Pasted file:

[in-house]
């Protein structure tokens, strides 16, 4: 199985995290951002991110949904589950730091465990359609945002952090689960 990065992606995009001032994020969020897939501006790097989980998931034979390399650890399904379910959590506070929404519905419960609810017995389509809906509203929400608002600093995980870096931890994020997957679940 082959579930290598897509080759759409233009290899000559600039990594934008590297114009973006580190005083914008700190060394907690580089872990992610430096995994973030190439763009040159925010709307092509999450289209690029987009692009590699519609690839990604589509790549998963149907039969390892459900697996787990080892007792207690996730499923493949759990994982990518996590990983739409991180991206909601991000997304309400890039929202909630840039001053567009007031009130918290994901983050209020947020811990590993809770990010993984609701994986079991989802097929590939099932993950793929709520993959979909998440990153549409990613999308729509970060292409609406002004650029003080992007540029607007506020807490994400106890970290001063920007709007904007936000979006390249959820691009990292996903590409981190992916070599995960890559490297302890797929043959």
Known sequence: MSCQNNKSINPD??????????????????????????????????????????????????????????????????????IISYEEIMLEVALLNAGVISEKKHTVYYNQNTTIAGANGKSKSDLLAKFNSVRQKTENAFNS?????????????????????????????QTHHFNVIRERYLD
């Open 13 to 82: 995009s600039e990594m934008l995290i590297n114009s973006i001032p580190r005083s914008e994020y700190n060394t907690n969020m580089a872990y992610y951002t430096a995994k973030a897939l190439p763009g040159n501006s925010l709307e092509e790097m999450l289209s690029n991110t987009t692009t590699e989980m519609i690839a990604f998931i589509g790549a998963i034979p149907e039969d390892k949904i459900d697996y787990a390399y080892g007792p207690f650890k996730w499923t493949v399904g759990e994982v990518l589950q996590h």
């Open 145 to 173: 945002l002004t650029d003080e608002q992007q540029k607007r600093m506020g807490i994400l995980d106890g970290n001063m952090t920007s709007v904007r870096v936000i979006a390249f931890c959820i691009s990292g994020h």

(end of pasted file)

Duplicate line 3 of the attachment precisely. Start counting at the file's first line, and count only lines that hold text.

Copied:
Known sequence: MSCQNNKSINPD??????????????????????????????????????????????????????????????????????IISYEEIMLEVALLNAGVISEKKHTVYYNQNTTIAGANGKSKSDLLAKFNSVRQKTENAFNS?????????????????????????????QTHHFNVIRERYLD